Explore the various pages of our GMO section:
- Frequently Asked Questions: Learn the basics about GMOs
- Science Behind GMOs: Read abstracts and scientific studies on both GMOs and related issues, such as the health problems with glyphosate (the active ingredient in Roundup Ready)
- Lawsuit News: Farmers have sued Monsanto. Learn more!
- What Consumers Can Do: What can you do to avoid eating GMOs?
- Resources: Educational materials to share with others, as well as links to other organizations fighting GMOs
- GMO News & Alerts: The latest headlines and action items
Writings by FARFA Board Member, Howard Vlieger:
- Interview on the basic problems with GMOs
- On-farm research on one of the effects of growing GMOs
- 2012 Conference panel on GMOs, with Howard Vlieger of FARFA, Patty Lovera of Food & Water Watch, and Doug Foreman of Beanitos.
RESOLUTION ON GENETIC ENGINEERING IN AGRICULTURE
Adopted by the Farm and Ranch Freedom Alliance, May 24, 2010
Genetic engineering involves taking a gene from one species and splicing it into the genome of another species in order to transfer a desired trait. This could not occur in nature where the transfer of genetic traits is limited by the natural barriers that exist between different species. Genetic engineering is completely new and is not comparable to traditional animal and plant breeding techniques. Another name for genetically engineered (GE) crops is genetically modified organisms (GMOs).
In the U.S., GE crops have been released on the market without fair, open, and thorough scientific research to assess the risks to animal health, human health, or the environment. There has also been no assessment of the social or economic impact on farmers and rural communities. The use of genetic engineering in agriculture poses problems for both farmers and consumers.
Genetic engineering enables large corporations to accelerate capital- and chemical- intensive agriculture at the expense of family farmers and rural communities around the world, increasing consolidation and concentration of agriculture. Genetic engineering in agriculture is not designed to solve critical problems such as increased weed resistance or growing staple crops on marginal land, but rather to enrich corporations. Genetically engineered seeds increase costs to farmers and have frequently failed to perform as promised. In fact, in yields have been lower than with conventional seeds, while the GE crops required increased use of herbicides manufactured by the same corporations that market the seeds.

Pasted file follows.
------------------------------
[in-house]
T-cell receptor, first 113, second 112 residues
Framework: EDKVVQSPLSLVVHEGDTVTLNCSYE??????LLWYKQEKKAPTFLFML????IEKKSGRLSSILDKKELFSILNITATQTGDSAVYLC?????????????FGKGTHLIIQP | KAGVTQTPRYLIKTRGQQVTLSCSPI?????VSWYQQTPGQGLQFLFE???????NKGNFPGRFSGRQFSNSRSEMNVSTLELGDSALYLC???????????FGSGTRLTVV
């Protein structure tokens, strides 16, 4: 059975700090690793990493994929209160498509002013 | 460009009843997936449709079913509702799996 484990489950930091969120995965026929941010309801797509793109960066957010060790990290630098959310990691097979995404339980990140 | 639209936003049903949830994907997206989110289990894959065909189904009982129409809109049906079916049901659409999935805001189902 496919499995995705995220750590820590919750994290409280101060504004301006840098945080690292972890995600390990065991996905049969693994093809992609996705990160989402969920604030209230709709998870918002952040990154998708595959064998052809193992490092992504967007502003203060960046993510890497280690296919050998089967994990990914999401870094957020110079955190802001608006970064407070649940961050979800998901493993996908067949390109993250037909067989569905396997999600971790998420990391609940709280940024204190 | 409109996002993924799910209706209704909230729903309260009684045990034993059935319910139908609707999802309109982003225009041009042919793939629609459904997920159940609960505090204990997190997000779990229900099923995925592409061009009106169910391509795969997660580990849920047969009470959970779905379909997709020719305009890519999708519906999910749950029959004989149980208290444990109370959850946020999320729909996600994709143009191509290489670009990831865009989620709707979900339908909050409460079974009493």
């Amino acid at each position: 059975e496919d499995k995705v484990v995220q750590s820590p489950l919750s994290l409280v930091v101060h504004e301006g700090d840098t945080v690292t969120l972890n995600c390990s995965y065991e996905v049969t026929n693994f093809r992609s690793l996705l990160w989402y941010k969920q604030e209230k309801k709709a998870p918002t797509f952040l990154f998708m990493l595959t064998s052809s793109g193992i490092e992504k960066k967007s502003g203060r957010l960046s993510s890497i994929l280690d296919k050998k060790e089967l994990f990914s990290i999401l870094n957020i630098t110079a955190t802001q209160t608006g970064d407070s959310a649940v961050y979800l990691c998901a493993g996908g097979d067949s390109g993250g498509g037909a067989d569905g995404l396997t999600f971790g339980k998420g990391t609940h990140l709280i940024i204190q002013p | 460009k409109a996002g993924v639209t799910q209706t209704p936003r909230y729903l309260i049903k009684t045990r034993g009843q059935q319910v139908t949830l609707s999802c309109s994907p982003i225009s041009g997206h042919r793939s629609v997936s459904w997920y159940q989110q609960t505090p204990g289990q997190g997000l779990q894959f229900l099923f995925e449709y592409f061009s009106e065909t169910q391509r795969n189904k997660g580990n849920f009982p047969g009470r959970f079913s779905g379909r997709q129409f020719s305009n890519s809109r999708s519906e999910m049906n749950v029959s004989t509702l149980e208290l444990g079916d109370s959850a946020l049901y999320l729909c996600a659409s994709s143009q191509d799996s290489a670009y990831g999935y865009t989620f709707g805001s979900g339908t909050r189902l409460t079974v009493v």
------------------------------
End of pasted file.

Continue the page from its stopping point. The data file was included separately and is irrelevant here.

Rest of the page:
In addition, U.S. farmers have lost critical markets that are closed to GE products. Genetically engineered crops have contaminated non-GE crops, resulting in damages of over a billion dollars to exports. A report from the U.S. Governmental Accountability Office concluded that unauthorized releases of GE crops are likely to continue.i
To date, the corporations that have developed and sold GE seeds have avoided liability for the damage caused by genetic contamination, increased weed and pest resistance, and the destruction of wildlife and beneficial insects. The destruction of beneficial insects, including pollinators such as bees, could be potentially devastating to agriculture and our economy, not just to farmers. Yet farmers have been harassed, and even sued, for contamination of their crops by GE crops.
For consumers, genetic engineering poses unknown health consequences. Genetic engineering poses unknown risks to the safety and security of the food supply. There are no studies of the long-term health effects of eating foods containing GE crops. Several short-term studies indicate that GE foods can cause gastrointestinal, reproductive, and other health problems. Because
foods containing GE engineered ingredients do not have to be labeled in the U.S., consumers are unable to make informed choices.
The Farm and Ranch Freedom Alliance, a nonprofit that includes both farmer and consumer members, therefore resolves that:
1. Further government approvals of any genetically engineered seeds and agriculture products should be halted until an independent and comprehensive assessment of the environmental, health, social, and economic impacts of those products is concluded.
2. Private ownership of life forms should not be permitted, and the patenting of seeds, plants, animals, genes and cell lines should be banned.
3. Agrarian people who have cultivated and nurtured crops for thousands of years should retain control of natural resources and maintain the right to use or reuse any genetic resource.
4. Corporations that develop or market genetically engineered seeds, livestock, or other products should be held liable for any and all damages that result from their use, including the contamination of non-GE crops through cross-pollination. The entities should be subject to normal trespass and nuisance laws to prevent them from entering farmers’ private property
5. Corporations that create genetically engineered organisms should bear the burden of proof that their actions will not harm human health, animal health, or the environment. Because GMOs could not occur in nature, there should be no assumption that they are “substantially equivalent” to non-GMOs.
6. Consumers in the U.S. and around the globe have the right to know whether their food is genetically engineered and have a right to access naturally produced food.
iGAO, Genetically Engineered Crops: Agencies Are Proposing Changes to Improve Oversight, but Could Take Additional Steps to Enhance Coordination and Monitoring (Nov. 2008), GAO-09-60, p.1.